Bonus option: A revocable living trust is a type of trust that controls finances from the time it is funded through incapacity and death. If attainable, this is the most powerful tool for managing assets as PD progresses. The primary benefit of a revocable trust is that you can be the initial trustee and name successor trustees to manage your assets if Parkinson’s progresses to a degree where you cannot do so. Tip: Most revocable trusts are sold to people based on fears of the probate process. Be careful about what you read about revocable trusts as much of the material you will find will not address its real value to a person with PD, as stated above.

7 Steps to Ensure a Productive Meeting With Your Estate Attorney

  1. To ensure that your personalized plan works for you, be upfront about your existing and potential PD challenges from day one.
  2. Schedule meetings for the times of day you will likely be best able to fully participate (for example, choose a time in the afternoon if your morning medications take time to take effect).
  3. Begin planning immediately; it is never too early to start.
  4. Review your overall plan at least annually. That way, you create a history of your wishes. Avoid the struggle too many face when forced to make significant decisions after their disease has progressed.
  5. Your attorney might need to take additional precautions to document your competency to execute legal documents as your disease progresses, including a letter from your neurologist about the impact of PD-related cognitive changes, your medications, etc.
  6. Request or prepare an agenda in advance of every meeting. Have someone accompany you to take notes.
  7. Prepare an action list of specific steps after each meeting.

What Should I Know About the New Tax Rules?

The new tax law currently in effect has changed charitable giving rules. The good news is that you can still give to your favorite non-profits. The charitable impact is broken down below:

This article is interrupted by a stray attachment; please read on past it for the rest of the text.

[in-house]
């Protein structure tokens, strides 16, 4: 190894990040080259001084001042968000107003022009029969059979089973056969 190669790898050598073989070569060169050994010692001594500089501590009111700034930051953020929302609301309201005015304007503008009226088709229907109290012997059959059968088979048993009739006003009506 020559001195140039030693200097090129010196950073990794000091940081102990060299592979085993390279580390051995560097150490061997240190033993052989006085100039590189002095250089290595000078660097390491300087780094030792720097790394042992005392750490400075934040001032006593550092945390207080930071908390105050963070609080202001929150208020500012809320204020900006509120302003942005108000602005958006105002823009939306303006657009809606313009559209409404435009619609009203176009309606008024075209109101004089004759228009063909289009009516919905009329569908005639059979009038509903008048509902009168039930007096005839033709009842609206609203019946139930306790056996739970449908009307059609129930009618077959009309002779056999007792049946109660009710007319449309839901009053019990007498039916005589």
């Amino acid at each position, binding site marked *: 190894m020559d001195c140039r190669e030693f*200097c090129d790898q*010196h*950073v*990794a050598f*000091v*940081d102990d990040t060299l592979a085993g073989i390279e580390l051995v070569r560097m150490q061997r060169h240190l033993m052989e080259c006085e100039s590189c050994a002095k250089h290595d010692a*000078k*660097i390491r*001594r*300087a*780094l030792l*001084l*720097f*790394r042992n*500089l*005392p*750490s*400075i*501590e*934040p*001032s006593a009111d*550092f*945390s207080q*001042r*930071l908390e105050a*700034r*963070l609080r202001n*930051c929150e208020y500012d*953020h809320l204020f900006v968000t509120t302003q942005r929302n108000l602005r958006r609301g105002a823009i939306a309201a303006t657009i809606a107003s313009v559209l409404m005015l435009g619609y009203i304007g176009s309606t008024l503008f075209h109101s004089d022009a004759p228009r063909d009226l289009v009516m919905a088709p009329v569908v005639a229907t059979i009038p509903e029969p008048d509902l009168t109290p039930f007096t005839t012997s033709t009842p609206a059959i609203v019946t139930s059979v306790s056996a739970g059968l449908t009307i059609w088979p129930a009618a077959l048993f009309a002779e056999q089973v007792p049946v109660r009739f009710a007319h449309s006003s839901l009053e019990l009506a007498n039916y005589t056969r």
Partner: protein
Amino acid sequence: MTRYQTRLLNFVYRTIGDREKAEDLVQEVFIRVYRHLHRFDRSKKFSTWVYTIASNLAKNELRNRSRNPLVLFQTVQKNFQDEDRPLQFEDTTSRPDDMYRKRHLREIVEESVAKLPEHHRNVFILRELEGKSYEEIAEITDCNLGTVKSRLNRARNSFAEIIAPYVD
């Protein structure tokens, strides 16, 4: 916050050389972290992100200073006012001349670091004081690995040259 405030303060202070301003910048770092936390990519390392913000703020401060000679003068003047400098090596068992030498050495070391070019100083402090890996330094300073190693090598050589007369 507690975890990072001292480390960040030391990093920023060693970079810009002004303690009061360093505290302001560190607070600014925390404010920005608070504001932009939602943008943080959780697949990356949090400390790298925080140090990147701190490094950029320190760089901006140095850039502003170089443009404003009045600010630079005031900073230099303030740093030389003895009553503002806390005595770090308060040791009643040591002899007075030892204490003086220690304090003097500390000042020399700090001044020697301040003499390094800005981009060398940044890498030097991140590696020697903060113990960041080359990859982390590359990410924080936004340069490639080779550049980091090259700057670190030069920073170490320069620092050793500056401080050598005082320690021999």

• A handful of expenses are eligible to be deducted from your overall taxable income on your tax return. These include real estate taxes, mortgage interest and charitable contributions. Still, two-thirds of taxpayers choose the standard deduction instead of itemizing out the deductions stated above.
  • If your itemized deductions did not total $12,000 (for a married couple), you would choose the standard deduction ($12,000). With the new tax law, the standard deduction is doubled to $24,000.
  • Tax experts predict only five to ten percent of taxpayers will now choose to itemize their deductions. Everyone else will be happy with the larger standard deduction.

There are some creative ways people can still benefit from donating to charity. Donating $100,000 to a donor advised fund (DAF) would qualify as a deduction from that year’s taxes. A DAF can trickle out slowly and may be used to contribute to a charity or a cause over the course of a decade. This December 2017 New York Times article describes how to write off donations under the new tax law, using a term called bunching, where a taxpayer can bunch their donations together. Visit Parkinson.org for more information about planned giving.

Category: 
Tips for Daily Living
Date: 
Mon, 02/05/2018